Kilkenny also became the residence of Marshall, Earl of Pembroke, Strongbow's heir and descendent, by whom Kilkenny Castle was built. Before the fourteenth century Marshall's inheritance passed to the Butlers, and under them Kilkenny became great. It was made up of an Irish and an English town, each with a charter, and each, until 1800, returning two members to the Irish Parliament. The united towns were incorporated by a charter from Elizabeth I Tudor, and by a further charter from James I Stuart, as a free city, with a mayor. The city returned a member to the Imperial Parliament. The term Strongbow may refer to two different affairs: Richard de Clare, 2nd Earl of Pembroke, a Norman earl also known by the nickname Strongbow Strongbow Cider, a brand of cider Beleg Cúthalion (meaning, literally, Strongbow), a companion of Túrin Turambar in JRR Tolkiens Quenta Silmarillion. ... James VI of Scotland/James I of England and Ireland (Charles James Stuart) (June 19, 1566 – March 27, 1625) was King of England, King of Scots, and King of Ireland and was the first to style himself King of Great Britain. ...


The Butlers, ennobled as Earls and Dukes of Ormonde, have always interested themselves in its welfare. These powerful nobles were sometimes charged with the government of Ireland; not infrequently Kilkenny was the residence of the viceroy and saw a Parliament sitting within its walls, and there the Statute of Kilkenny was passed (1367). The Ormondes were always favourable to Anglo-Norman development at Kilkenny, and after the beginning of the thirteenth century no Irishman was appointed to the see of Ossory.


In the reign of Bishop Hugh De Rous (1202-15) the cathedral of St. Canice was built. Two subsequent bishops, De Mapilton (1251-60) and Thomas Barry (1427- 60), filled the office of treasurer of Ireland, while another, Richard De Northalis (1387-95), acted as the King's ambassador abroad. At the Reformation, though the Earls of Ormonde were among the first to conform, Ossory clung to the Faith; and when John Bale was appointed bishop by Edward VI, and endeavoured to Protestantize the people, he was roughly handled and driven from Kilkenny, leaving Ossory in peace. The peace ended with the death of Mary Tudor, and in Elizabeth's reign the see was vacant for seventeen years. Edward VI King of England and Ireland Edward VI (12 October 1537–6 July 1553) was King of England and King of Ireland from 28 January 1547 until his death. ... Mary Tudor and Charles Brandon This article is about Mary Tudor, queen consort of France. ...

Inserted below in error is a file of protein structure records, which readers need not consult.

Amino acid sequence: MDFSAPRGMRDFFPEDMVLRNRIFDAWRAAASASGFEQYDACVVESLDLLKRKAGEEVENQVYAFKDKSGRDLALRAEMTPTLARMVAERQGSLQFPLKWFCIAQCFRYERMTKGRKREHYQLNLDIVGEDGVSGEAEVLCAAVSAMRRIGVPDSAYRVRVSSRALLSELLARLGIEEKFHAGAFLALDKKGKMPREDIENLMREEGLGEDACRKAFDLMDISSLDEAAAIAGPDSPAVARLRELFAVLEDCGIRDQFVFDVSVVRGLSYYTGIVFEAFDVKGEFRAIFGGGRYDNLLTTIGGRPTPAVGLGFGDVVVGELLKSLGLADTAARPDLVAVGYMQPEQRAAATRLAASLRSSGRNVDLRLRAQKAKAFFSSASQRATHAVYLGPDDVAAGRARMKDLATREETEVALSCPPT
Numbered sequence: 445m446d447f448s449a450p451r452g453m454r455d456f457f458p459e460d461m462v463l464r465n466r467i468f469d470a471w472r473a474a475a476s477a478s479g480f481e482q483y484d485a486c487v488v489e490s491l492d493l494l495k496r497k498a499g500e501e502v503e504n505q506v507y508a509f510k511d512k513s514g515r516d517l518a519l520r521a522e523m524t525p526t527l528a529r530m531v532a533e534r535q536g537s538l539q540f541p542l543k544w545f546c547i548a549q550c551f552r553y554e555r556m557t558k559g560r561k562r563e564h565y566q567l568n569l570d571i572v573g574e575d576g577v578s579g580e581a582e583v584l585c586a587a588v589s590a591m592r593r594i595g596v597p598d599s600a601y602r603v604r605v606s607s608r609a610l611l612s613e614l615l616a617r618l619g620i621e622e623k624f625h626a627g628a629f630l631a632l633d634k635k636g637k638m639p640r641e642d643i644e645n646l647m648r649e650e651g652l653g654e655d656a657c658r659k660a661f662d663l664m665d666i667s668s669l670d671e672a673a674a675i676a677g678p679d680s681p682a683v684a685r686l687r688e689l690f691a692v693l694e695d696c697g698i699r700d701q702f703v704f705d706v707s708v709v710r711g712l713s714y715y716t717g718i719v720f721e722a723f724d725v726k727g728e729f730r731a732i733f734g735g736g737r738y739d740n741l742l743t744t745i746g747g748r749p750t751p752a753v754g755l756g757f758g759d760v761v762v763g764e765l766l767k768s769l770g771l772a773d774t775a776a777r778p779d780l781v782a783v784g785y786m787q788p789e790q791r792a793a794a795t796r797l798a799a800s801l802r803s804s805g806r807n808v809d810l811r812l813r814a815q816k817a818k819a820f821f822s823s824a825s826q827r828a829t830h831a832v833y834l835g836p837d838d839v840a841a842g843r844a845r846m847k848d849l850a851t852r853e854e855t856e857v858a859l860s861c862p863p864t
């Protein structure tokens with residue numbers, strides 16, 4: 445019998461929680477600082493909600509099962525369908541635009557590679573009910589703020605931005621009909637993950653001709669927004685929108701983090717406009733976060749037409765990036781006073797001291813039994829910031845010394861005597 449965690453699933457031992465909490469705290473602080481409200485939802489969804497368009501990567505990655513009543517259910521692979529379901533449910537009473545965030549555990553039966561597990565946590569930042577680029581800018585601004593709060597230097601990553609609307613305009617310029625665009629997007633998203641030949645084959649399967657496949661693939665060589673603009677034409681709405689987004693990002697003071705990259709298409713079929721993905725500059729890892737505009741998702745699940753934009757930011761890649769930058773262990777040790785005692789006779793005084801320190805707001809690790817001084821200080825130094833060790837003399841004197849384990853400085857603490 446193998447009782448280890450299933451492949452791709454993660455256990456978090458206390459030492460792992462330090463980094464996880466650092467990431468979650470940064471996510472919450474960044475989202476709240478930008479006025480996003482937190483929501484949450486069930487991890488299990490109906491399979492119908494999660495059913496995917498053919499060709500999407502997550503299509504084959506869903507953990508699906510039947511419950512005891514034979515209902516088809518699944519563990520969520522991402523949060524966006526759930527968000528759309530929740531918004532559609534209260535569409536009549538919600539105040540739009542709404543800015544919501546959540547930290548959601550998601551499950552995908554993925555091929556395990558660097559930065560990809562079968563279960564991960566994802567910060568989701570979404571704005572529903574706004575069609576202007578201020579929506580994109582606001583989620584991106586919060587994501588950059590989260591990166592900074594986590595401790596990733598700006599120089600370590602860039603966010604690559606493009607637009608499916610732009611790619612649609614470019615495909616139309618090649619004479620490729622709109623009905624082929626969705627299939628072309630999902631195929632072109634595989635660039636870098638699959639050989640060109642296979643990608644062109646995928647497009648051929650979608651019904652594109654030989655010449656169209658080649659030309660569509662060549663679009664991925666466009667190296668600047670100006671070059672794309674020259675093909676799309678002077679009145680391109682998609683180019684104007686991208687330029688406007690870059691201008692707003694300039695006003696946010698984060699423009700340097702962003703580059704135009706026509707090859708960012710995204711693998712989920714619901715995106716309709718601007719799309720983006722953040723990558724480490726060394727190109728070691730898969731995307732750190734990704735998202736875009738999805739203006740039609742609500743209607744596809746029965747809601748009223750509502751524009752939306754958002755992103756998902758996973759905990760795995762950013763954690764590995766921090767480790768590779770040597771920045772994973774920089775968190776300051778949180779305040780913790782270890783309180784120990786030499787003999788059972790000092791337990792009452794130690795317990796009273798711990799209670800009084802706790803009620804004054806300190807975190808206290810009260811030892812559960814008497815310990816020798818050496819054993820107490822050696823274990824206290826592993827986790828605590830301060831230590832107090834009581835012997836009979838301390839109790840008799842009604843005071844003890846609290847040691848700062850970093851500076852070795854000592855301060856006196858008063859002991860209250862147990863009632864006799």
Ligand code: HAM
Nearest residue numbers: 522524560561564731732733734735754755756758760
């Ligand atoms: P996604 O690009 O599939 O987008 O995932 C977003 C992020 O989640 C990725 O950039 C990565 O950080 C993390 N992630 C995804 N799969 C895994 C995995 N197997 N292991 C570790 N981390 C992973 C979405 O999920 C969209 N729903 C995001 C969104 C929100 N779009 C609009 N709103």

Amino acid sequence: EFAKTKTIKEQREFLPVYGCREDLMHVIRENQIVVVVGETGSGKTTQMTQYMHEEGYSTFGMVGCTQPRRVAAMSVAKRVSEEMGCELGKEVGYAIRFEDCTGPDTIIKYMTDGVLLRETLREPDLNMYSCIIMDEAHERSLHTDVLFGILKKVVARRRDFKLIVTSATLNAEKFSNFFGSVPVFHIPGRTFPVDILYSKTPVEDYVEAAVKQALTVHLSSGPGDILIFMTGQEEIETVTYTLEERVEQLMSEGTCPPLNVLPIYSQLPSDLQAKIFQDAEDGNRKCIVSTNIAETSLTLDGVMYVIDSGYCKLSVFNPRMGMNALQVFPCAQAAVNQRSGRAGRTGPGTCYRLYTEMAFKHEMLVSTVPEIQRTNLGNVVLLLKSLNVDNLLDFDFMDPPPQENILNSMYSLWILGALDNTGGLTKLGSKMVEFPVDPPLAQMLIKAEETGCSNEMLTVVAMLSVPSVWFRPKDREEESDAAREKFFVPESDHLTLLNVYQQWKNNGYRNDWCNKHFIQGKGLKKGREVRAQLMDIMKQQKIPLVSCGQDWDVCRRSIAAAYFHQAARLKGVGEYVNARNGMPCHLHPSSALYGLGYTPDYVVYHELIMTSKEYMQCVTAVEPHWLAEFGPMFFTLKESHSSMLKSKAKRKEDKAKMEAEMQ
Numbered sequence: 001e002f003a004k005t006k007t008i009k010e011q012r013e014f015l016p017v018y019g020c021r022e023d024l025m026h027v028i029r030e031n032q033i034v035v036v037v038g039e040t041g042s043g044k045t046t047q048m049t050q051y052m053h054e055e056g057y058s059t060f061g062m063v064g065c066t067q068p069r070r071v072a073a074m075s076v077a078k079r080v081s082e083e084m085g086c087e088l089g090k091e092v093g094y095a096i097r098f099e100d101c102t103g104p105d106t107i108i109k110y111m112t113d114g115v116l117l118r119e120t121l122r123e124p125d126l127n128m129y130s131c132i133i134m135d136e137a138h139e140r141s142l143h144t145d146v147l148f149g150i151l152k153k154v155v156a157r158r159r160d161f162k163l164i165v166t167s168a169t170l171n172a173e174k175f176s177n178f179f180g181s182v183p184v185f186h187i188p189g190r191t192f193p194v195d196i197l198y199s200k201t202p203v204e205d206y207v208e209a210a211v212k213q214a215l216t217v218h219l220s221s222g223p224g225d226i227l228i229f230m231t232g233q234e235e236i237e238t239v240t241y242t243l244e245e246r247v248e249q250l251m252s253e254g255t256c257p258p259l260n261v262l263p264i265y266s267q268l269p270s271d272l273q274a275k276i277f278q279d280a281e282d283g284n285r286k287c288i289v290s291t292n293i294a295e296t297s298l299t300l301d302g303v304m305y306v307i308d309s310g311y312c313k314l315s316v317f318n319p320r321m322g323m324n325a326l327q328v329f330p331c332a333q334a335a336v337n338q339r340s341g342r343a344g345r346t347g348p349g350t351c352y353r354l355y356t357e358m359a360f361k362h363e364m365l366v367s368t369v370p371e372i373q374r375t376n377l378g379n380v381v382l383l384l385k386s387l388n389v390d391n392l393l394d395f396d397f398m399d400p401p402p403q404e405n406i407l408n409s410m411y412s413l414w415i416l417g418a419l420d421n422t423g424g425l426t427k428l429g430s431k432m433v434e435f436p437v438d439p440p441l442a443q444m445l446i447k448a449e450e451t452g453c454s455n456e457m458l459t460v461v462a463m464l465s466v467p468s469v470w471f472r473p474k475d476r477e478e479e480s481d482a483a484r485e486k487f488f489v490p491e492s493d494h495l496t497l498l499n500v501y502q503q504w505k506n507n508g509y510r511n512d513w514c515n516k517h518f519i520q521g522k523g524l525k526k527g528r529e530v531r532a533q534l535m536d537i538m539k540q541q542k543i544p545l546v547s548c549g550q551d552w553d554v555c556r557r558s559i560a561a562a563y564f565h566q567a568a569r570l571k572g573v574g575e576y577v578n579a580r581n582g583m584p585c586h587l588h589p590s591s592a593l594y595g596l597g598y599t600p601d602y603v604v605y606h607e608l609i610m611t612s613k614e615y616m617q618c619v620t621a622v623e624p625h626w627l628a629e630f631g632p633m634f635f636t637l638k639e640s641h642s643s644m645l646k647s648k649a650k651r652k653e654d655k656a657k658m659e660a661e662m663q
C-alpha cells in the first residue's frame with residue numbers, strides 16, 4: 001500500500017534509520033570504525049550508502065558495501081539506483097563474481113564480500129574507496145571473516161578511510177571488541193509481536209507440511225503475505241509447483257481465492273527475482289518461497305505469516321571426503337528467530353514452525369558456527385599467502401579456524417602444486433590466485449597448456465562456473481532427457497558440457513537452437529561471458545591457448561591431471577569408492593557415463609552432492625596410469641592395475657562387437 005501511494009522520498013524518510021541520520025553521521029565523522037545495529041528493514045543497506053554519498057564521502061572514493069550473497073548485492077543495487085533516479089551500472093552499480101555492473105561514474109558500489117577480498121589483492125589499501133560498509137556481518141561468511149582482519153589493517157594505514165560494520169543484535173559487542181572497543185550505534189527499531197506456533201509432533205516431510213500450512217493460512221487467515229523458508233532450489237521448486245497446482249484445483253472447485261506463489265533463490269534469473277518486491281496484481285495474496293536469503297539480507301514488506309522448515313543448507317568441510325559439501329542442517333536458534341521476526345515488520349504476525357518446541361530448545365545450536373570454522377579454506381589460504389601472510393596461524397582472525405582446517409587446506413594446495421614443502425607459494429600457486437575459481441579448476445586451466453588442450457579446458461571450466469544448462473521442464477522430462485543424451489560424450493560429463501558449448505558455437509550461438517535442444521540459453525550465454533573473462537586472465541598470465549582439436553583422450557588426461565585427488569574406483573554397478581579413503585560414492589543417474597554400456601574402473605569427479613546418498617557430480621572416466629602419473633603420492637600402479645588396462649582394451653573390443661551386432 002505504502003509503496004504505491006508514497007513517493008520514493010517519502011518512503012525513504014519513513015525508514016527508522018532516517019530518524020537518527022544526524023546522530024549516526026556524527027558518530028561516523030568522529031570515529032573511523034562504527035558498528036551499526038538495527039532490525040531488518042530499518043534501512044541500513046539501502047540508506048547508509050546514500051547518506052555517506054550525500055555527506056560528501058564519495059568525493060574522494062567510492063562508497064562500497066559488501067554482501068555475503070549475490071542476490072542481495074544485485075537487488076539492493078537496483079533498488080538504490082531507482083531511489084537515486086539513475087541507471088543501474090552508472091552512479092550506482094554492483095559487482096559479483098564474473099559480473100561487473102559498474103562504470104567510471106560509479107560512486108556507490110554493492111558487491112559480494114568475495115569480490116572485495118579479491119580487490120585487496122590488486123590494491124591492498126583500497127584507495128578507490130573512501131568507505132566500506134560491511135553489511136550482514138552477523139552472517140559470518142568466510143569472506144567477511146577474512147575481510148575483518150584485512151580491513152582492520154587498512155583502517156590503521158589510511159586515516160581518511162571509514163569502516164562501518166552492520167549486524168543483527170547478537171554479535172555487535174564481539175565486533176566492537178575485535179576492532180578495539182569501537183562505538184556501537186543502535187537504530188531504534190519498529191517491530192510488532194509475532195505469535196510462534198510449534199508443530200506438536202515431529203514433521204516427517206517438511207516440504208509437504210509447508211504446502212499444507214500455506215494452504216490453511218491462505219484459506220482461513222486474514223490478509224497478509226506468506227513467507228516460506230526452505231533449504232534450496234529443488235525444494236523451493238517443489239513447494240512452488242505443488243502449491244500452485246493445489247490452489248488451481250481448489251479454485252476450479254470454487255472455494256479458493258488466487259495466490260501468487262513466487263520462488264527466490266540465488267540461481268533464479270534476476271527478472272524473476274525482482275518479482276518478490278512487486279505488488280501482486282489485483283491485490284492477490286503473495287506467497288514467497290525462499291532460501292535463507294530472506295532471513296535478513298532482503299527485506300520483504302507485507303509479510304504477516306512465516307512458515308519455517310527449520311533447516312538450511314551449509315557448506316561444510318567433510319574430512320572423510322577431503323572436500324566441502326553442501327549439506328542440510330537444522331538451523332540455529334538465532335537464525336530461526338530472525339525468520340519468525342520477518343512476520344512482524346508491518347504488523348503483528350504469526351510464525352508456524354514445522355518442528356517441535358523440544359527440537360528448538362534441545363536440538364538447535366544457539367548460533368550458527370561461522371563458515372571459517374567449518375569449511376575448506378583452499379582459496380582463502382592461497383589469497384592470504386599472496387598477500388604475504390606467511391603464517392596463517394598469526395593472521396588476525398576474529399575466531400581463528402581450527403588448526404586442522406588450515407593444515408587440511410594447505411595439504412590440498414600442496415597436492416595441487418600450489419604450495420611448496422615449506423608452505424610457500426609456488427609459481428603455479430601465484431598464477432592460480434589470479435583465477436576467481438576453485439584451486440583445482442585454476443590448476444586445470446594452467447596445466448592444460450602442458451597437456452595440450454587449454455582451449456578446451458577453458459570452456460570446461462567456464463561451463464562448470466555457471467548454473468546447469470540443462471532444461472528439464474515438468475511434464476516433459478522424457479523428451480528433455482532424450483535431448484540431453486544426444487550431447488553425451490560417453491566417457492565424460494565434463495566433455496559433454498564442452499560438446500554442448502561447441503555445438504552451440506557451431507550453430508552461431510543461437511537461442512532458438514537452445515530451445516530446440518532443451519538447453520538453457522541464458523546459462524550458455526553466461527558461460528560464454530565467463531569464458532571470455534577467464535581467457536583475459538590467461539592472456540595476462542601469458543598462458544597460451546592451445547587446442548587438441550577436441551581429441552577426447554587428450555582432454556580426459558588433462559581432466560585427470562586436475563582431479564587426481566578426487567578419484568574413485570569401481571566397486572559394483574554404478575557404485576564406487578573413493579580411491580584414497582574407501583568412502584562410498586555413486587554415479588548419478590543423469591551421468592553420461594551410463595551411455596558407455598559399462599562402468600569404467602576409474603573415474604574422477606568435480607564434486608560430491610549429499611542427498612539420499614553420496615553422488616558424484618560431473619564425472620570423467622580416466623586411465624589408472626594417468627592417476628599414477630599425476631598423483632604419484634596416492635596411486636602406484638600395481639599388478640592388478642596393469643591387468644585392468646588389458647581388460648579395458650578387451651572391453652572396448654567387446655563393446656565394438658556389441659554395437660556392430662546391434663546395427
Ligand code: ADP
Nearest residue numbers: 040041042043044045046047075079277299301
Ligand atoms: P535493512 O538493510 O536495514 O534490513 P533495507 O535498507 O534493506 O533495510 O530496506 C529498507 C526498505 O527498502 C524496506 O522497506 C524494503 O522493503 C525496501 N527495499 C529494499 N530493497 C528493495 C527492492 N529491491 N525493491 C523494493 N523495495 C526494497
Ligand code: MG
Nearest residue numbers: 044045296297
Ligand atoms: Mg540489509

From 1602 to 1618 Ossory was again without a bishop, and when Dr. Rothe was appointed (1620) there was not a Catholic bishop in Ireland. In the rebellion of 1641 Kilkenny was the centre of national resistance and the headquarters of the Catholic Confederation. The part played by Dr. Rothe was prominent and patriotic; but his best efforts were unavailing, for Ormonde was able to foment divisions, the Anglo-Irish and the old Irish would not blend for the common good, and the want of vigour in Catholic counsels prepared the way for Ormonde's treachery and Oliver Cromwell's victories. While the Cromwellians held Kilkenny, Rothe died there (1650), and for twenty years following Ossory was governed by vicars. During the few periods of toleration in the reign of Charles II Stuart a feeble revival of religion took place. In 1678 the bishop reported to Rome, that in many cases one priest was in charge of five or six parishes; that the few remaining Franciscans, Dominicans, Jesuits and Capuchins ministered by stealth and in ruined churches; and that the Carmelites, Cistercians and Canons Regular of St. Augustine had completely disappeared. Unfinished portrait miniature of Oliver Cromwell by Samuel Cooper, 1657. ... Charles II (29 May 1630 – 6 February 1685) was the King of England, King of Scots, and King of Ireland from 30 January 1649 (de jure) or 29 May 1660 (de facto) until his death. ... Franciscans is the common name used to designate a variety of mendicant religious orders of men or women tracing their origin to Francis of Assisi and following the Rule of St. ... The Society of Jesus (Latin: Societas Iesu), commonly known as the Jesuits, is a Roman Catholic religious order. ... For other uses, see Capuchin (disambiguation). ... The Order of Our Lady of Mt. ... Cistercians coat of arms The Order of Cistercians (OCist) (Latin Cistercenses), otherwise Gimey or White Monks (from the colour of the habit, over which is worn a black scapular or apron) are a Catholic order of monks. ...